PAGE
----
Realtors Warn Of "Another Housing Crash" If Mortgage Tax Deductions Are Scrapped

After failing miserably if their efforts to repeal and replace Obamacare, Republicans are set to shift their legislative agenda to focus on tax reform when they get back from their generous month-long August recess (taxpayers are such great employers).  Among other things, proposed changes to the personal tax code would include eliminating nearly all tax write-offs, including those for state and local taxes, and instead doubling the standard deduction.

Of course, potentially no industry would be more impacted by such a move as the housing market which has sparked a slight panic at the National Association of Realtors (NAR).  As Reuters points out this morning, roughly 30 million taxpayers taxpayers claim mortgage interest deductions totaling some $70 billion each year which provides a huge incentive to own a home.   

The National Association of Realtors issued an "August Recess Talking Points" circular imploring members to remind lawmakers that "Homeowners must be treated fairly in tax reform" to avoid "another housing crash."

 

The group cited a report it commissioned from PwC that estimated home values could quickly dive more than 10 percent if the tax plan becomes law.

 

Currently, about 30 million taxpayers claim the mortgage interest deduction, with about $70 billion in total claims, according to Robert Dietz, an economist with the National Association of Homebuilders.

 

Estimates suggest more than half of taxpayers would stop itemizing under the proposed plan, Dietz said, warning that this would create a large ripple effect through the economy. He said people in early years of a mortgage would suffer most, along with prospective home buyers.

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Meanwhile, talking points distributed by NAR, intended to give realtors around the country ammunition against their elected officials while they're 'vacationing' in their districts, warns that tampering with the mortgage deduction could cause "home values everywhere to plunge" resulting in many homeowners once again going "under water" on their primary asset.

Proposals limiting tax incentives for homeownership would cause home values everywhere to plunge. Estimates provided by PwC show that values could fall in the short run by more than 10 percent if a Blueprint-like tax reform plan were enacted. The drop could be even larger in high-cost areas.   It may take years for home values to rebound from such a significant decrease.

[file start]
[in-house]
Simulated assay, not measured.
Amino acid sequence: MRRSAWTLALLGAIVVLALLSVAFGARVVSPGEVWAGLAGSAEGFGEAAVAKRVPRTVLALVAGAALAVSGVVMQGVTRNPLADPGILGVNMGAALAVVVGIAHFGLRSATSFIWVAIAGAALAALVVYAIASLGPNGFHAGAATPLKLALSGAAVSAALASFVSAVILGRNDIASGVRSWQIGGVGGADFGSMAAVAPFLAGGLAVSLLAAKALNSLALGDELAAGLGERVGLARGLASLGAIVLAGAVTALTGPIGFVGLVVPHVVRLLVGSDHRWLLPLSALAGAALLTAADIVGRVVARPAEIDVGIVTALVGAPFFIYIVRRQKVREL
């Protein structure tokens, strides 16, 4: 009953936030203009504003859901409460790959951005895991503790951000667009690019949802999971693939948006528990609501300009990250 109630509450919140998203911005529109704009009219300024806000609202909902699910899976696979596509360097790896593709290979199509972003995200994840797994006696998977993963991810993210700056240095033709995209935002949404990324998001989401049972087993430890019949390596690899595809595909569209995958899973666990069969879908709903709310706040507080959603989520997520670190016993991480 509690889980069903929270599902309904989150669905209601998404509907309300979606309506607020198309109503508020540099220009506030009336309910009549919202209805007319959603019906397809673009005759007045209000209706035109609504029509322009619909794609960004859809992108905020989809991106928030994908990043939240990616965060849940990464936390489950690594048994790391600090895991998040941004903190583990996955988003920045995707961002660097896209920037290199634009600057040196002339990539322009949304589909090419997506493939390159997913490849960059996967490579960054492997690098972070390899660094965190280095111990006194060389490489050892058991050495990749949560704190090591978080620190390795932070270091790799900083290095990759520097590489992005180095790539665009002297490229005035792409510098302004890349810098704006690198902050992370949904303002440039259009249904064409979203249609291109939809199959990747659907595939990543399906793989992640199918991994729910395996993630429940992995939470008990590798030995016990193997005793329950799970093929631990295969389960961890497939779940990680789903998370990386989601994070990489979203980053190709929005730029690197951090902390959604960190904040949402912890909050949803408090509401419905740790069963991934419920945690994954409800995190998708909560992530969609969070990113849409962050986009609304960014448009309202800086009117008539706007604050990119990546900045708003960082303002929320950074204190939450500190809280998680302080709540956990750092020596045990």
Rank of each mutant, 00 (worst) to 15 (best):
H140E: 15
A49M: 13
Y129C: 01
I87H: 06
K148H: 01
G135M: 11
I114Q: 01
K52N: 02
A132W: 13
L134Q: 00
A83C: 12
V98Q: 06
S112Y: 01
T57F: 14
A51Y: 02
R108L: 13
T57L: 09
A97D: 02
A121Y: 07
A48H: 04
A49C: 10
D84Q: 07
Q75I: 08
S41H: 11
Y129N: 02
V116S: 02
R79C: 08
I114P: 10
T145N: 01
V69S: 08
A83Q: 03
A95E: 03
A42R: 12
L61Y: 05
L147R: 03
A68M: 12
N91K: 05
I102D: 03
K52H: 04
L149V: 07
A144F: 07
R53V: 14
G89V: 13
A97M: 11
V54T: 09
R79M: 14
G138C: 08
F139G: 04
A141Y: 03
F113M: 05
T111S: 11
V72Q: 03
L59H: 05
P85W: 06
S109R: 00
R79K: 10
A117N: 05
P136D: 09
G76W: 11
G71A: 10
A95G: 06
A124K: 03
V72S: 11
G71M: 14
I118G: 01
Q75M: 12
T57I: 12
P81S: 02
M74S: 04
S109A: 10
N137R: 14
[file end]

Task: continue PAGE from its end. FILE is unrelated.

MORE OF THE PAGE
With a reduction in values of this size, homeowners with relatively small amounts of equity would again see their mortgages go under water, finding they owe more than what their home is worth. For many, this will lead to defaults, foreclosures, or short sales, creating havoc for families, neighborhoods and communities.

 

-  The home is the most valuable asset for most owners. Millions of families have built equity for years with the hope of using it to help pay for retirement or college for children. Many of these dreams would evaporate.

But it's not just the housing market that would be impacted as the CEO of the American Red Cross warned that removing charitable deductions would be "devastating" for non-profit organizations that currently collect some $13 billion worth of tax-deductible donations annually.

Charitable organizations are not arguing against increasing the standard deduction. But they are asking members of Congress to consider creating a “universal deduction,” so taxpayers taking the standard deduction can get additional credit for donations without itemizing.

 

Taxpayers claim an estimated $13 billion each year in charitable deductions. Charities fear giving would plummet if the standard deduction were doubled without creating a universal deduction.

 

Gail McGovern, president and CEO of the American Red Cross, said reducing charitable deductions would be “devastating.”

But it's probably no 'yuge' deal...the U.S. housing stock is only worth about $30 trillion so we're sure the homebuilders and lenders can absorb a small $3 trillion valuation loss, right?